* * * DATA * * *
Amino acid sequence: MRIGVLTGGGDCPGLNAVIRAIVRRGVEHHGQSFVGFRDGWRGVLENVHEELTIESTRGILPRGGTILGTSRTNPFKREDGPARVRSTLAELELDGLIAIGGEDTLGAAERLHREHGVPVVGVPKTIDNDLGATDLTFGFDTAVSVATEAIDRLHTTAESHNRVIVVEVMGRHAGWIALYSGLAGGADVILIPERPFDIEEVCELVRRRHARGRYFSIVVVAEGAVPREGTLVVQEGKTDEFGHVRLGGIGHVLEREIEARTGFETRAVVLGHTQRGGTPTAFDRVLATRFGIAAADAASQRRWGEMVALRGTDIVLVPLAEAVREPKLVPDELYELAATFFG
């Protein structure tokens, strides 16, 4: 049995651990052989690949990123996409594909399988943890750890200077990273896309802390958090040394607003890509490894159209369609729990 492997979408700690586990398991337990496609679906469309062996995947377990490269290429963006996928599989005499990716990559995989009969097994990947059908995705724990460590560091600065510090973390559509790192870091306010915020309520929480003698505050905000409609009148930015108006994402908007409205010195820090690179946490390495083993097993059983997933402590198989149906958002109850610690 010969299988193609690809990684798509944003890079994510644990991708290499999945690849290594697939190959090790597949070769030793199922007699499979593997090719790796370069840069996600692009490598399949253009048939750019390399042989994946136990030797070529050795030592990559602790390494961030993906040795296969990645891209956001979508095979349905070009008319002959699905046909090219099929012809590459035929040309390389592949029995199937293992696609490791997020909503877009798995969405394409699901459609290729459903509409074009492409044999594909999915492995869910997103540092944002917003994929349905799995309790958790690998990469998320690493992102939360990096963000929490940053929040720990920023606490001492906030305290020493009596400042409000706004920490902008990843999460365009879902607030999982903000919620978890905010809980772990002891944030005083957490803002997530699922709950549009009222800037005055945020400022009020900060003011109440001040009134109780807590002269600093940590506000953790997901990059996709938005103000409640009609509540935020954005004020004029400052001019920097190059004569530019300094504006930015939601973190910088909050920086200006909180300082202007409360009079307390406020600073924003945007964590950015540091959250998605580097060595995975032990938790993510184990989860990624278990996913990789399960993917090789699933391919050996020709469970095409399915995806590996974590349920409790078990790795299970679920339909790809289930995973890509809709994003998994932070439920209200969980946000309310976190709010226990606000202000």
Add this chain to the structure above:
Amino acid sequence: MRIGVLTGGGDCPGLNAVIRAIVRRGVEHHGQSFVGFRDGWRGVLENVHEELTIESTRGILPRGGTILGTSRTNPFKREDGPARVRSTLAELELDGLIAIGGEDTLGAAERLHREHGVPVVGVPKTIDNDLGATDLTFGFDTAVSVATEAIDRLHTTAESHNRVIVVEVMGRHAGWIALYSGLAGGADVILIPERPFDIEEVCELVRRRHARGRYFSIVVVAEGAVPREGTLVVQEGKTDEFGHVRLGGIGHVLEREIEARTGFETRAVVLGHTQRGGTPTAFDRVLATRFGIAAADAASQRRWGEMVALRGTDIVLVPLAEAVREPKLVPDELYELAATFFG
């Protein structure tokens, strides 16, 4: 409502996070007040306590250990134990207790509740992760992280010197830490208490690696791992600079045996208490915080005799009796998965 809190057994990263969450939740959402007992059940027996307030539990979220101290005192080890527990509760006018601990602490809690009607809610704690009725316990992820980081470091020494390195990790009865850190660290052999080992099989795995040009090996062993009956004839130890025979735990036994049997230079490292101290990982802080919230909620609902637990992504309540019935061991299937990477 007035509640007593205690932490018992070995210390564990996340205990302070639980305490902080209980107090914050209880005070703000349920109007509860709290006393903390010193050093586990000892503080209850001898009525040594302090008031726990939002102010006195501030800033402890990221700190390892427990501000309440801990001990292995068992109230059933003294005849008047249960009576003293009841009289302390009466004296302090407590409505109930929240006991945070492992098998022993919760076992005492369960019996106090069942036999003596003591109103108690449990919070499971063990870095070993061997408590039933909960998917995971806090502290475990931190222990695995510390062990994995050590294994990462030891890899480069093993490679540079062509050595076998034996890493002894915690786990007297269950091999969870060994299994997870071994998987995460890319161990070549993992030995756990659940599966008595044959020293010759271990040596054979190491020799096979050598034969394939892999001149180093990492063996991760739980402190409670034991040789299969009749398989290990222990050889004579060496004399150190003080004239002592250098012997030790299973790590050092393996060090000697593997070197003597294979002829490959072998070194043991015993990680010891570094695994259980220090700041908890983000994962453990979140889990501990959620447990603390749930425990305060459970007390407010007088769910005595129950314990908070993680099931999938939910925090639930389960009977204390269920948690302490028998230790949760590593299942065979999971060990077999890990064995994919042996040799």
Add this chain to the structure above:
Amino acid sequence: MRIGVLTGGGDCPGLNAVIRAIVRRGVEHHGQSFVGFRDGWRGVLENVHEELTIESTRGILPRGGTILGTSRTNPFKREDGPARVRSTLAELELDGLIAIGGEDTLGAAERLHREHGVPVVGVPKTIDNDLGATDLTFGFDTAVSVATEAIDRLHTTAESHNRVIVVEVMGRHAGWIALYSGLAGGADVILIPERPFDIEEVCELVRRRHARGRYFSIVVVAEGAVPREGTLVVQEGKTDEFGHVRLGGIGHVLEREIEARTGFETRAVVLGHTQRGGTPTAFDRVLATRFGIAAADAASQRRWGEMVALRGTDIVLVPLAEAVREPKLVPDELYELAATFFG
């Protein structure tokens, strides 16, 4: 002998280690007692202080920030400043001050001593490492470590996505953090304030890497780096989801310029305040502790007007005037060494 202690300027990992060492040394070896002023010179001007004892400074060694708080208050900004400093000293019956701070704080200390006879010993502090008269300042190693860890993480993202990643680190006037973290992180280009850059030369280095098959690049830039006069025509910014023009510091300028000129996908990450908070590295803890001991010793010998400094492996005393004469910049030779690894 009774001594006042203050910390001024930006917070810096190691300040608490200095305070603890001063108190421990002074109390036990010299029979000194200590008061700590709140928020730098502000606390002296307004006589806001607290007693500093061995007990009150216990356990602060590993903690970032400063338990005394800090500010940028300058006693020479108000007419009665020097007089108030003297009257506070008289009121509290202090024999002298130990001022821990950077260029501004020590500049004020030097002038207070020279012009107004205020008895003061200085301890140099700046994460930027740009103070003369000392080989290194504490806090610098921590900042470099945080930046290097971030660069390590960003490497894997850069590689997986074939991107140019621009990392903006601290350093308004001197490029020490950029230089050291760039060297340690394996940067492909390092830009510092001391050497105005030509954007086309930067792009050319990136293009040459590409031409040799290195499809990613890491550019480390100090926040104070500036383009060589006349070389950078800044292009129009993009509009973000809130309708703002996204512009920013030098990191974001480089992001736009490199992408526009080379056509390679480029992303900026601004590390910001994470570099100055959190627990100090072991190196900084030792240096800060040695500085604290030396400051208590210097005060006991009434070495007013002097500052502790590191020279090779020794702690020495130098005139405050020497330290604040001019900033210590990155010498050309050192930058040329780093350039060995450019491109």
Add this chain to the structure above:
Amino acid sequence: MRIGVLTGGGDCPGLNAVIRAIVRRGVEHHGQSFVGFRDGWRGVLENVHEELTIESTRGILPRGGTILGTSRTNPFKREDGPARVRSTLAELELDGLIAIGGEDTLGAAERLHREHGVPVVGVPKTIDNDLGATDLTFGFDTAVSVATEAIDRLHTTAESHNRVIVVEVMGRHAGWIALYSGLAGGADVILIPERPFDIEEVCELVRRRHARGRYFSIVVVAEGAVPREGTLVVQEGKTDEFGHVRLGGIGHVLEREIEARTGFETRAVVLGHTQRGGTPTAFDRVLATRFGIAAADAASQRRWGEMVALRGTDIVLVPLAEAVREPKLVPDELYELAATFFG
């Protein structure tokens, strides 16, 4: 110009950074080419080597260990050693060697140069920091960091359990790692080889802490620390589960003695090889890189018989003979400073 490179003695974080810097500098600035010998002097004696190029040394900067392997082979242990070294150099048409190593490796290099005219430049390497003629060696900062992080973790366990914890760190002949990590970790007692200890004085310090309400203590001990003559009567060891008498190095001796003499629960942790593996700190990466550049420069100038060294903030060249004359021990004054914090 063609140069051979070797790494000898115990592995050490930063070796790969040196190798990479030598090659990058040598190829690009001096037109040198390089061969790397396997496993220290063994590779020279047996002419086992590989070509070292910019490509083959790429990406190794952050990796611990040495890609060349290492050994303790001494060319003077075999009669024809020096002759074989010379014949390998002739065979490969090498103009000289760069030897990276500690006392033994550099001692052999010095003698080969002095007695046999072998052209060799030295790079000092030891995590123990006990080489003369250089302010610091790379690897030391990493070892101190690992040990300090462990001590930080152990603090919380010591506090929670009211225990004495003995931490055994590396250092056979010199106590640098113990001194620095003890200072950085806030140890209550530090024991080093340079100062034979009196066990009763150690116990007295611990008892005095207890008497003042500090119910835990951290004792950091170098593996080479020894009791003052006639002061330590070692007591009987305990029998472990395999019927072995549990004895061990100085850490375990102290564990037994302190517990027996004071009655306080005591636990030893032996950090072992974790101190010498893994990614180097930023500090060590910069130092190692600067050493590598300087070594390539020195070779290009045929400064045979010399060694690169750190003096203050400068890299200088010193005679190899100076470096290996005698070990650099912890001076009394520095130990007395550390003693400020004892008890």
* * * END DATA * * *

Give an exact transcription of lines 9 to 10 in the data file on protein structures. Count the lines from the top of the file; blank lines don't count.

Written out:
Add this chain to the structure above:
Amino acid sequence: MRIGVLTGGGDCPGLNAVIRAIVRRGVEHHGQSFVGFRDGWRGVLENVHEELTIESTRGILPRGGTILGTSRTNPFKREDGPARVRSTLAELELDGLIAIGGEDTLGAAERLHREHGVPVVGVPKTIDNDLGATDLTFGFDTAVSVATEAIDRLHTTAESHNRVIVVEVMGRHAGWIALYSGLAGGADVILIPERPFDIEEVCELVRRRHARGRYFSIVVVAEGAVPREGTLVVQEGKTDEFGHVRLGGIGHVLEREIEARTGFETRAVVLGHTQRGGTPTAFDRVLATRFGIAAADAASQRRWGEMVALRGTDIVLVPLAEAVREPKLVPDELYELAATFFG